Whether you’re ready to go when the sun rises or energized late into the night, making sure you’re getting adequate sleep is essential for a healthy lifestyle. And one of the keys to feeling more refreshed may just lie in accepting that you have a natural sleep/wake pattern, also known as your chronotype.
“The same way the heart has a pacemaker, the sleep process has a pacemaker — your sleep rhythm,” says Dr. Ana Krieger, director of the Center for Sleep Medicine at NewYork-Presbyterian/Weill Cornell Medical Center and Weill Cornell Medicine. “It’s important to understand your sleep cycle so you can adjust your life to your chronotype and figure out what you can do to improve your sleep.”
Health Matters spoke with Dr. Krieger, who is also chief of the Division of Sleep Neurology and a professor of clinical medicine at Weill Cornell Medicine, to learn more about how to protect and improve the quality of your sleep, no matter what your personal sleep cycle looks like.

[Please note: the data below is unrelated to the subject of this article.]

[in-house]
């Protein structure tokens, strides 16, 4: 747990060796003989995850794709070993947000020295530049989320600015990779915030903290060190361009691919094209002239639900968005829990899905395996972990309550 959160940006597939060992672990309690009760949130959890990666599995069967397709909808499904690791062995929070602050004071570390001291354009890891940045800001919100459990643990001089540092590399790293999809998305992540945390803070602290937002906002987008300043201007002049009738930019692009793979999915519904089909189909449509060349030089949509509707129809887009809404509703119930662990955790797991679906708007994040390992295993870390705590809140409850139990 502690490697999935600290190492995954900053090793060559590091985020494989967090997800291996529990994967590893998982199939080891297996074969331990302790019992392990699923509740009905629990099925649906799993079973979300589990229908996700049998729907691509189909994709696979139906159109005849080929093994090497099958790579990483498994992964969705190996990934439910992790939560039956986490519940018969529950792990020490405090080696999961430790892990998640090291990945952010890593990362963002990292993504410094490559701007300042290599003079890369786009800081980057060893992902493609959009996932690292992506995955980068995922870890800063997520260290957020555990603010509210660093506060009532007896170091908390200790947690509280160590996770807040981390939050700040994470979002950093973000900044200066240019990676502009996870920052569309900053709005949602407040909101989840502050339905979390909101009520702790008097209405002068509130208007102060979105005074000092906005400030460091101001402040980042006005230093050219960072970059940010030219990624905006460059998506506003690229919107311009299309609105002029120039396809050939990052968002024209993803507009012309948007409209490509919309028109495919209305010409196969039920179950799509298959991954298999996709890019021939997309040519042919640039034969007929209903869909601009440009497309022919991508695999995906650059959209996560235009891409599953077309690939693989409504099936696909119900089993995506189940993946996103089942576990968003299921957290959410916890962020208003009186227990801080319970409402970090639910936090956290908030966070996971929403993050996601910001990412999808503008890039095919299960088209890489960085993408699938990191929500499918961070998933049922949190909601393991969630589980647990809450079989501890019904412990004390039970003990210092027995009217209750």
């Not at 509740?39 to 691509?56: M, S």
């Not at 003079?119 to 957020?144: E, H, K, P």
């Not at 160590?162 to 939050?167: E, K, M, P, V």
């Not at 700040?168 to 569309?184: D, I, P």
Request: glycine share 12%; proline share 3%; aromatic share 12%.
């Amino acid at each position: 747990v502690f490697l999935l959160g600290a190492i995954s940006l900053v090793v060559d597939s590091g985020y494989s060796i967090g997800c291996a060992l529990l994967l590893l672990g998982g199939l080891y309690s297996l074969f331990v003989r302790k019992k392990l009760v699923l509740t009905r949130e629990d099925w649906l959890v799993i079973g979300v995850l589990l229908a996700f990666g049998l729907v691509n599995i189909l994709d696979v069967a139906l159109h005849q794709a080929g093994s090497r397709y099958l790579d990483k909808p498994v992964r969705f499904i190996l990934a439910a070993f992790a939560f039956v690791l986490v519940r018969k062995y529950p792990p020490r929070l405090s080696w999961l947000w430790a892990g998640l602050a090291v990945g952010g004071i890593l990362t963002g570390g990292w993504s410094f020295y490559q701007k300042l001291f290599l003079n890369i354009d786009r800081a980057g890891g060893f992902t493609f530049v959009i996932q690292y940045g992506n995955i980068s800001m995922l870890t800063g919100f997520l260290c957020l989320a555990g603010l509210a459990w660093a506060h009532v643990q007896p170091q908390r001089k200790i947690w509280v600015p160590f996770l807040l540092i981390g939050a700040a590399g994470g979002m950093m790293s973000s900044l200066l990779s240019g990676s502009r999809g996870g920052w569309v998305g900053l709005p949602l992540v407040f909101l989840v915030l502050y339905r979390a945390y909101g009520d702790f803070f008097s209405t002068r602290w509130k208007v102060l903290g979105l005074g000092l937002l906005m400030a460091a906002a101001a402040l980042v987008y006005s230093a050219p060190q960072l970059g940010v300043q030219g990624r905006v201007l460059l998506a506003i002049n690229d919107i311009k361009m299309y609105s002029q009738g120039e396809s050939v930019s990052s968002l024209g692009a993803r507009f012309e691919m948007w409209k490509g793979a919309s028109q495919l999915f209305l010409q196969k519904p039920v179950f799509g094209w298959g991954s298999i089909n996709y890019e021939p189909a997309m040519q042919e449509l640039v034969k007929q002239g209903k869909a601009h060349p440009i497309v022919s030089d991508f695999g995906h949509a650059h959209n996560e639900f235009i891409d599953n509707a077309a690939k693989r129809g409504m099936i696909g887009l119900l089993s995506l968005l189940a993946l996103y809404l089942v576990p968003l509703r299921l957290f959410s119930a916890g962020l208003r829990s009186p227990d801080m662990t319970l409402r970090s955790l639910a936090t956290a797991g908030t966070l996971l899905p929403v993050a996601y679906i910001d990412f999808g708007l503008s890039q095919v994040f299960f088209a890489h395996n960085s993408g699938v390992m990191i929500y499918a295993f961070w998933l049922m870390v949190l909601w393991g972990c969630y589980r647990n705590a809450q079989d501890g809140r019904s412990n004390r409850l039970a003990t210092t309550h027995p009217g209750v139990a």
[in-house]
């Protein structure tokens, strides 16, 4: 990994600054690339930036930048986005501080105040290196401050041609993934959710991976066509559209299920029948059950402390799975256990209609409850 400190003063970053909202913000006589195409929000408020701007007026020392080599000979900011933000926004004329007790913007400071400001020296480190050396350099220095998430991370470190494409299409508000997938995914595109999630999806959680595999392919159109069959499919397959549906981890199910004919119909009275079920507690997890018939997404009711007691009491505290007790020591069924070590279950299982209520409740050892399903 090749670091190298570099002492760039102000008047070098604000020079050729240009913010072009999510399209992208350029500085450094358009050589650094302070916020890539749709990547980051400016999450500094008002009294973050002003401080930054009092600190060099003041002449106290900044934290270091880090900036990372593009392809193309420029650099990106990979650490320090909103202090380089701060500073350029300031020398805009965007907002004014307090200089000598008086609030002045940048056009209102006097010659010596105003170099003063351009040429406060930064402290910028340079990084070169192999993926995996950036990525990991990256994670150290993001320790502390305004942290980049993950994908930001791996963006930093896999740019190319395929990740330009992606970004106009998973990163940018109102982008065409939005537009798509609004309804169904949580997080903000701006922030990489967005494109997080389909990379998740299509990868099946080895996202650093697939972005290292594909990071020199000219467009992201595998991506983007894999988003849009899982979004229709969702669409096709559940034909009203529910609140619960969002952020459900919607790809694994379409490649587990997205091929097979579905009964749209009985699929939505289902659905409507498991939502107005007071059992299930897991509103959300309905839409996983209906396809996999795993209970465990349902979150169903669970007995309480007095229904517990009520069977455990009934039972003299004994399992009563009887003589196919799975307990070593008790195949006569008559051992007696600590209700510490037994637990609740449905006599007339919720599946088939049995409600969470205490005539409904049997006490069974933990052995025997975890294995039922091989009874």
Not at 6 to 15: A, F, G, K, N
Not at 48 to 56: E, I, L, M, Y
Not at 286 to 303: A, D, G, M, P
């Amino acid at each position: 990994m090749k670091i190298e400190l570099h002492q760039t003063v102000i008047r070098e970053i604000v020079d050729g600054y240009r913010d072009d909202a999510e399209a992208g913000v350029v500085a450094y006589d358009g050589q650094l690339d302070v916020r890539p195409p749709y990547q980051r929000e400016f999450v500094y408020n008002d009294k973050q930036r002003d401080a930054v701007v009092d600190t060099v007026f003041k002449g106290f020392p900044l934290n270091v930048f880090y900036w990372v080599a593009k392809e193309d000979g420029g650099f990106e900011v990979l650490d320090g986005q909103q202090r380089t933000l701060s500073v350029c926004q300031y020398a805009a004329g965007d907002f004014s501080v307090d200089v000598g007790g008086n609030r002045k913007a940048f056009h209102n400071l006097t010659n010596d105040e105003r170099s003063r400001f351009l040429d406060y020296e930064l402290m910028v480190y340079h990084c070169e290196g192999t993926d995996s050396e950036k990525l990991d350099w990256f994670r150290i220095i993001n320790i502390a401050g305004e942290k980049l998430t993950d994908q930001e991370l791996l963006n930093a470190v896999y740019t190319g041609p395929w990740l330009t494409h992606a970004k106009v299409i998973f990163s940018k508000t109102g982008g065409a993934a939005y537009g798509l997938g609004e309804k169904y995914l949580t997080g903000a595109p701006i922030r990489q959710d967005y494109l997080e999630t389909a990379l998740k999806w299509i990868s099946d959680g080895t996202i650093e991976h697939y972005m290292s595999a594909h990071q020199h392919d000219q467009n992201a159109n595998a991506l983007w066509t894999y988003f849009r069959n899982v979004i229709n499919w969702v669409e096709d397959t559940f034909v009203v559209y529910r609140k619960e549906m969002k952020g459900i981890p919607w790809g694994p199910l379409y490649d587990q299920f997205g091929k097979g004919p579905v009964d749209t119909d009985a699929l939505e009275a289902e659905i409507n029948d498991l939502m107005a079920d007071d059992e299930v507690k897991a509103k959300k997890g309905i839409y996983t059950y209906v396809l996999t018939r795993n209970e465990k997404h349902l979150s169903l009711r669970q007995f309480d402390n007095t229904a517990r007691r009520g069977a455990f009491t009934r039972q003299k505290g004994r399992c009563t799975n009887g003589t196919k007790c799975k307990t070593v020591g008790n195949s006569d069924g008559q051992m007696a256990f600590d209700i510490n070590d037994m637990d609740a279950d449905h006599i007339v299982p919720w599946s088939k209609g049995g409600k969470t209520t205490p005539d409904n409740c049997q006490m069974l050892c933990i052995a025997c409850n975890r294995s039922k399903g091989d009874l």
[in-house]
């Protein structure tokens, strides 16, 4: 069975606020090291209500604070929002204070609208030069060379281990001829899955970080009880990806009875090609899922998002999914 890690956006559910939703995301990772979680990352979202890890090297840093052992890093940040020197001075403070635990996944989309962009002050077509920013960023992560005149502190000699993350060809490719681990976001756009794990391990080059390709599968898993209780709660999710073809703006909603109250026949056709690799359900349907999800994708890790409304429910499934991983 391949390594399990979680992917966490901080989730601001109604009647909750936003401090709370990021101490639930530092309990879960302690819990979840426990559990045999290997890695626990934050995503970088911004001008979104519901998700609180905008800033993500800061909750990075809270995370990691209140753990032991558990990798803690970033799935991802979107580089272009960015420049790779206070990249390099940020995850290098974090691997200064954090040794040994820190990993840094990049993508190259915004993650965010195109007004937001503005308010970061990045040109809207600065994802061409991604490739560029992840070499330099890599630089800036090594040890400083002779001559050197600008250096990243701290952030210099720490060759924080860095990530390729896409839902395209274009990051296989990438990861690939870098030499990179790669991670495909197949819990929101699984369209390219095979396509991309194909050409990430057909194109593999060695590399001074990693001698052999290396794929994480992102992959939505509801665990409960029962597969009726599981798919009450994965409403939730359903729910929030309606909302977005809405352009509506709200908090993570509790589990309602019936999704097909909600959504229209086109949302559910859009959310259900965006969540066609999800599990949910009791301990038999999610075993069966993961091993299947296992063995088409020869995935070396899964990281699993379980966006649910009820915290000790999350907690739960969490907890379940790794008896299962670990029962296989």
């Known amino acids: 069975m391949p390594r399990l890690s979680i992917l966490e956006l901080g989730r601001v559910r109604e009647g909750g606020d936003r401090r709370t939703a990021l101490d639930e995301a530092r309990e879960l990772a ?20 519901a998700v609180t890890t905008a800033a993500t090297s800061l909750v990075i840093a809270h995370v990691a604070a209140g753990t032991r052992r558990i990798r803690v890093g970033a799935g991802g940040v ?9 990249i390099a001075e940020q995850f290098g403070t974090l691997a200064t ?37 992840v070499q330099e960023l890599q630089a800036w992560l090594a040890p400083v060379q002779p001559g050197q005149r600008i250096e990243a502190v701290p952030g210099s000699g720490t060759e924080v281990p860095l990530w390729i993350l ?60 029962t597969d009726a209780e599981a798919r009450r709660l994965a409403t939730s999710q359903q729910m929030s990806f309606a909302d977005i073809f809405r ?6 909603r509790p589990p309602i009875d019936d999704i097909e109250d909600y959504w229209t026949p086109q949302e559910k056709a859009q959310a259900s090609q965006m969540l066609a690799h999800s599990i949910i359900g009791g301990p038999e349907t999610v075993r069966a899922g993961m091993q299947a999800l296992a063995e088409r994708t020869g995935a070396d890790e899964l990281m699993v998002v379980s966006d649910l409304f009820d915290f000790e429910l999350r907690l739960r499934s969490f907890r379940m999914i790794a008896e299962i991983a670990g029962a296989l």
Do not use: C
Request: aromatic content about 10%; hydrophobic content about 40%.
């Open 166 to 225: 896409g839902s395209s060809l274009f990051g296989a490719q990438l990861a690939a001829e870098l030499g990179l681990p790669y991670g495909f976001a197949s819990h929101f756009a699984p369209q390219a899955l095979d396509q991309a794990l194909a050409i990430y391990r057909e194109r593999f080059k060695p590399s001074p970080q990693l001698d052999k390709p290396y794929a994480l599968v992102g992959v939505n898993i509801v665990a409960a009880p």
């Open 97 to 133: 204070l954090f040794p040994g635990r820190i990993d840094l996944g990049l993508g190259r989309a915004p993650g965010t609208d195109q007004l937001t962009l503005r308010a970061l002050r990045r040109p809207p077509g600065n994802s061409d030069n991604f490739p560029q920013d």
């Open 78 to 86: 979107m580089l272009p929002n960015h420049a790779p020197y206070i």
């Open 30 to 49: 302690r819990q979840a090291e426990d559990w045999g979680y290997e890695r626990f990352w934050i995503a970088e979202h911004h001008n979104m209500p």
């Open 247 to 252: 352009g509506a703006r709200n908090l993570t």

Why are some people early birds while others are night owls?
Dr. Krieger: Chronotypes, like being an early bird or a night owl, relate to our genetic inclination to sleep at a certain time of the day. We have genes that regulate our sleep cycles and release melatonin at a particular time to help prepare for sleep. This is a complex process that also involves the synchronization of other metabolic processes and hormones, including growth hormones and cortisol, and decreases your body temperature.
For night owls, all of that happens later. So, when people force themselves to go to bed early, they might be unable to sleep simply because the body isn’t ready.
People who go to sleep before 9 p.m. have what we call advanced sleep phase. Others who go to bed after 2 a.m. have what’s called delayed sleep phase. Only a small percentage of the population will be on those two ends: around 4% have delayed sleep phase and 2% or less have advanced sleep phase. Most people usually fall on a spectrum between the two, sleeping between 9 p.m. and midnight.
Being an early bird or night owl may not be a definite diagnosis for some people, as we may identify with different chronotypes at different times in our lives.
There are also behavioral aspects that can create a self-imposed sleep restriction. Work demands, school schedule, or environmental pressures may affect a person’s ability to self-regulate. If someone only gets five or six hours of sleep per night during the week because of their work schedule, they may wake up later on the weekends and perceive that they are a night owl. But that may not be their natural pattern, they could just be catching up with sleep.